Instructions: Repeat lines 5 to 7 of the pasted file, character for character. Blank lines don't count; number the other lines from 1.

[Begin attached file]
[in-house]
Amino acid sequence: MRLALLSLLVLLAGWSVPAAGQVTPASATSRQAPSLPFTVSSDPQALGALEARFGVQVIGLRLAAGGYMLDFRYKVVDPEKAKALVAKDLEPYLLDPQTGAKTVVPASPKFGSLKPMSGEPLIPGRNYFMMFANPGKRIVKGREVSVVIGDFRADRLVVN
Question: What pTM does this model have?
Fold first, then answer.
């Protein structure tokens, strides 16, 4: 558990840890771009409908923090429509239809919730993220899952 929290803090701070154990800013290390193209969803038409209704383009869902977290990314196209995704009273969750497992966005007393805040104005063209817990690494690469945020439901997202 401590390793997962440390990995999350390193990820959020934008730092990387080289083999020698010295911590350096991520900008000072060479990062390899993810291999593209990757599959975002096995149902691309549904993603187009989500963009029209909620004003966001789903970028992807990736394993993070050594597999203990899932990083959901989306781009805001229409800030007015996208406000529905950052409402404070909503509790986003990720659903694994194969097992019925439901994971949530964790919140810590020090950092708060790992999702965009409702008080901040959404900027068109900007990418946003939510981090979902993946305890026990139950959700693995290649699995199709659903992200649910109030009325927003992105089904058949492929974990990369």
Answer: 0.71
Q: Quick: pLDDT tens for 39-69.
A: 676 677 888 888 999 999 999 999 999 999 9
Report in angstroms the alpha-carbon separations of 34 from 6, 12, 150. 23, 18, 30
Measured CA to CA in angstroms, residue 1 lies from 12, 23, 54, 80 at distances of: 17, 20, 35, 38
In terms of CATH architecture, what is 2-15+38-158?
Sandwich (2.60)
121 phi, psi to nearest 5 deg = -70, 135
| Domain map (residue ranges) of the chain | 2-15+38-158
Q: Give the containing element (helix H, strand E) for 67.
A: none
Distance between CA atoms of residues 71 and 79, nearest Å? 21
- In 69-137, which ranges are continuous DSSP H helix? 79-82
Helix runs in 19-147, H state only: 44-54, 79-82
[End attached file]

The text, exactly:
């Protein structure tokens, strides 16, 4: 558990840890771009409908923090429509239809919730993220899952 929290803090701070154990800013290390193209969803038409209704383009869902977290990314196209995704009273969750497992966005007393805040104005063209817990690494690469945020439901997202 401590390793997962440390990995999350390193990820959020934008730092990387080289083999020698010295911590350096991520900008000072060479990062390899993810291999593209990757599959975002096995149902691309549904993603187009989500963009029209909620004003966001789903970028992807990736394993993070050594597999203990899932990083959901989306781009805001229409800030007015996208406000529905950052409402404070909503509790986003990720659903694994194969097992019925439901994971949530964790919140810590020090950092708060790992999702965009409702008080901040959404900027068109900007990418946003939510981090979902993946305890026990139950959700693995290649699995199709659903992200649910109030009325927003992105089904058949492929974990990369």
Answer: 0.71
Q: Quick: pLDDT tens for 39-69.